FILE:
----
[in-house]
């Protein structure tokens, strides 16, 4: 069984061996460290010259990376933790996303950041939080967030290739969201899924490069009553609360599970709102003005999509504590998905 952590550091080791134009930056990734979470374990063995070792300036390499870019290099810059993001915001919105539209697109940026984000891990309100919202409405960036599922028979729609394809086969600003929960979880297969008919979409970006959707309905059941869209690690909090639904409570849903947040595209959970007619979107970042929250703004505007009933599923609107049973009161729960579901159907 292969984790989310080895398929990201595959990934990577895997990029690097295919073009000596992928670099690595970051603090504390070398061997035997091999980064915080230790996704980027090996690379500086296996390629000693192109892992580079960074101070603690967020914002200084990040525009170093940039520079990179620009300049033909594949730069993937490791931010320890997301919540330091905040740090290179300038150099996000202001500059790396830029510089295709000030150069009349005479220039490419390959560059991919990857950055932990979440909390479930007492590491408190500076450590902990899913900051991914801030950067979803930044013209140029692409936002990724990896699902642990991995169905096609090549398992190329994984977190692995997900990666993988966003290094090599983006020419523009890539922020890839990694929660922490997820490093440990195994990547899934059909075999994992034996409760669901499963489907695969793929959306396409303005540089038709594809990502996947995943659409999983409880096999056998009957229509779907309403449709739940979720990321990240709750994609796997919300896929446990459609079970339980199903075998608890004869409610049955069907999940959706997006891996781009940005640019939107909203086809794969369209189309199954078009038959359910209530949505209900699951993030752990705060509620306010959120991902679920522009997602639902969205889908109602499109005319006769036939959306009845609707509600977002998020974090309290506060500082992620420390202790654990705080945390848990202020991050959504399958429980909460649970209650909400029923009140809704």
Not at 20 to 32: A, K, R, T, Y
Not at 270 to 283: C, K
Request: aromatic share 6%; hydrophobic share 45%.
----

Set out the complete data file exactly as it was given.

[in-house]
């Protein structure tokens, strides 16, 4: 069984061996460290010259990376933790996303950041939080967030290739969201899924490069009553609360599970709102003005999509504590998905 952590550091080791134009930056990734979470374990063995070792300036390499870019290099810059993001915001919105539209697109940026984000891990309100919202409405960036599922028979729609394809086969600003929960979880297969008919979409970006959707309905059941869209690690909090639904409570849903947040595209959970007619979107970042929250703004505007009933599923609107049973009161729960579901159907 292969984790989310080895398929990201595959990934990577895997990029690097295919073009000596992928670099690595970051603090504390070398061997035997091999980064915080230790996704980027090996690379500086296996390629000693192109892992580079960074101070603690967020914002200084990040525009170093940039520079990179620009300049033909594949730069993937490791931010320890997301919540330091905040740090290179300038150099996000202001500059790396830029510089295709000030150069009349005479220039490419390959560059991919990857950055932990979440909390479930007492590491408190500076450590902990899913900051991914801030950067979803930044013209140029692409936002990724990896699902642990991995169905096609090549398992190329994984977190692995997900990666993988966003290094090599983006020419523009890539922020890839990694929660922490997820490093440990195994990547899934059909075999994992034996409760669901499963489907695969793929959306396409303005540089038709594809990502996947995943659409999983409880096999056998009957229509779907309403449709739940979720990321990240709750994609796997919300896929446990459609079970339980199903075998608890004869409610049955069907999940959706997006891996781009940005640019939107909203086809794969369209189309199954078009038959359910209530949505209900699951993030752990705060509620306010959120991902679920522009997602639902969205889908109602499109005319006769036939959306009845609707509600977002998020974090309290506060500082992620420390202790654990705080945390848990202020991050959504399958429980909460649970209650909400029923009140809704």
Not at 20 to 32: A, K, R, T, Y
Not at 270 to 283: C, K
Request: aromatic share 6%; hydrophobic share 45%.